George Harrison Plays a Sublime 'Something' at Last Concert - Rolling Stone
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Flashback: George Harrison Plays a Sublime ‘Something’ at Last Concert

1992 Royal Albert Hall benefit show was the last time that George Harrison played a full set in public

George Harrison headed into the Nineties with incredible momentum. His 1987 LP Cloud Nine turned him into a very unlikely pop star thanks to the hit “I Got My Mind Set On You” and the Traveling Wilburys gave him more media exposure than he’d had since the immediate aftermath of the Beatles. The Wilburys never actually traveled, but in December of 1991 Harrison went on a co-headlining tour of Japan with Eric Clapton, his first outing since 1974. It was a mere 12 shows, but it seemed like the beginning of a tour that would finally take him all over the world.

For reasons he never quite articulated, Harrison left a fortune on the table and didn’t agree to any more dates after Japan. The only exception was an April 6th, 1992 show at London’s Royal Albert Hall, which was a benefit concert for the National Law Party days before the British General Election. Clapton wasn’t around for this one, but he used many members of his touring band along with Mike Campbell of the Heartbreakers on lead guitar. Ringo Starr, Joe Walsh, Gary Moore and his son Dhani Harrison came out for the encores of “While My Guitar Gently Weeps” and “Roll Over Beethoven.”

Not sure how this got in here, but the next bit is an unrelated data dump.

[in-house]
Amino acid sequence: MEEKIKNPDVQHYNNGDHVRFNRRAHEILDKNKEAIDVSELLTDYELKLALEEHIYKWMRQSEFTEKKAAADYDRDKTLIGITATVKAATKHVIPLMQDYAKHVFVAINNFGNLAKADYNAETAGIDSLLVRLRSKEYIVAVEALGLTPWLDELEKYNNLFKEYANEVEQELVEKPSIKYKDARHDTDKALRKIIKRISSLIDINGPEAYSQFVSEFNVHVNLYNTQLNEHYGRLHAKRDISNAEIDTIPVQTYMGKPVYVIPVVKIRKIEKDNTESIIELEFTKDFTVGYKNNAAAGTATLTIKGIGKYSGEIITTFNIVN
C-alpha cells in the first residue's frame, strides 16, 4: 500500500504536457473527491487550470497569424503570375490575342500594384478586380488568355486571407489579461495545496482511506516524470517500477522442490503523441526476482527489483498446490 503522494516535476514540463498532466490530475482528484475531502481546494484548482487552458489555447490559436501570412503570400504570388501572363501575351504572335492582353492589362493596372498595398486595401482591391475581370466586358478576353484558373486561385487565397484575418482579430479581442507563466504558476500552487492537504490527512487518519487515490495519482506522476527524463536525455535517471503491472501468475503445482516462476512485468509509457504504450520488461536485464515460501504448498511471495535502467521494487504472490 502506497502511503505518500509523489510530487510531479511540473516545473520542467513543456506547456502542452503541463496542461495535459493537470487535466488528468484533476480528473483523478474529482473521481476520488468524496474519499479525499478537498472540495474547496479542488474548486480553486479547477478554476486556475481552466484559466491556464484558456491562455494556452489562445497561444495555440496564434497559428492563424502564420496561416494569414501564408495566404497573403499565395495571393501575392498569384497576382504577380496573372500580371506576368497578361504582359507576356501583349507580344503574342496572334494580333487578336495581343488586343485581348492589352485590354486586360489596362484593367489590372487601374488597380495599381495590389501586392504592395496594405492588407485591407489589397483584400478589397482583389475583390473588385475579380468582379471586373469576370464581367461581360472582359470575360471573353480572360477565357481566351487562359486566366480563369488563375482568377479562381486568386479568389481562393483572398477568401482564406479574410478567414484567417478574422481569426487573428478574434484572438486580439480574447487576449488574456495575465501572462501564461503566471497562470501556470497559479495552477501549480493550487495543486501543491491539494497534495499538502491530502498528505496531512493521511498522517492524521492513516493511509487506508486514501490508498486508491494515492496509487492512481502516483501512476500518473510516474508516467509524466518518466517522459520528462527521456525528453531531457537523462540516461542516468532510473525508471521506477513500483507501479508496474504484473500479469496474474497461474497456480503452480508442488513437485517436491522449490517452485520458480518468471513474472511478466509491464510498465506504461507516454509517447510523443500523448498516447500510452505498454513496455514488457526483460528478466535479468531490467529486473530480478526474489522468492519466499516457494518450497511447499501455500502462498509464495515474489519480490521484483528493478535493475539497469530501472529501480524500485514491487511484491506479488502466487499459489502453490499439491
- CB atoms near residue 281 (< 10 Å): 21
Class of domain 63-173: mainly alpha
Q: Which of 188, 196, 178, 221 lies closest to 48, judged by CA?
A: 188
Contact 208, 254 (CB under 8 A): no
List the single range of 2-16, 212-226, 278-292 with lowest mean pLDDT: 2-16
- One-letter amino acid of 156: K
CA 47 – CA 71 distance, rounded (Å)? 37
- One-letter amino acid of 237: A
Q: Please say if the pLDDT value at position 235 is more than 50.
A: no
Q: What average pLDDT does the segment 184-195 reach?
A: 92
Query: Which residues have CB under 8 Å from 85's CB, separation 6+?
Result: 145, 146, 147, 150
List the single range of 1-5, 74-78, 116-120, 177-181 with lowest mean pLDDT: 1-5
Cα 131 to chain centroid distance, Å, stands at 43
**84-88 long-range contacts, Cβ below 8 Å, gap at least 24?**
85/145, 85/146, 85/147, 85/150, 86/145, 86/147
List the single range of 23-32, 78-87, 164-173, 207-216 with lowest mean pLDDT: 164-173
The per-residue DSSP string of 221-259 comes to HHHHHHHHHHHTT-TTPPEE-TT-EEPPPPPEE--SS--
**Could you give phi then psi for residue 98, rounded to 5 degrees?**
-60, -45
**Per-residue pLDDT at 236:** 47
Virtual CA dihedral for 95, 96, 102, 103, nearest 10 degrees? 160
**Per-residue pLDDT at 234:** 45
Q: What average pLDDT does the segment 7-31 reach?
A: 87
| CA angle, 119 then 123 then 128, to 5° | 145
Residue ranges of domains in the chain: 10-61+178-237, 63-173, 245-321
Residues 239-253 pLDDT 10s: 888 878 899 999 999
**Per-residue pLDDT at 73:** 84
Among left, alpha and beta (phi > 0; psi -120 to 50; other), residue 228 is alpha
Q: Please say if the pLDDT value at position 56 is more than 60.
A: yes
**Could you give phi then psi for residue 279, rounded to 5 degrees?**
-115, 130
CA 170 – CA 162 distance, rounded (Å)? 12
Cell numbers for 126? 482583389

Harrison didn’t let professional camera film the show, but here’s decent amateur footage of “Something.” Many fans felt it was vastly superior to the Japanese shows with Harrison in better vocal shape and seemingly a bit more relaxed. He largely disappeared for the rest of the decade, popping up only for the Beatles anthology project and to label Oasis “rubbish” after Liam Gallagher had the tenacity to call him a “fucking nipple.”

The Royal Albert Hall marked the last time that George Harrison played a full concert, though months later he did play a handful of songs at Bob Dylan’s 30th Anniversary Concert and in 1997 John Fugelsang cajoled him into playing “All Things Must Pass” and a few other tunes at a TV taping. He also played at song at Carl Perkins’ funeral in 1998. Right around that time, he was diagnosed with throat cancer. He’d spend the remaining years of his life battling the disease while recording Brainwashed, his final album. 


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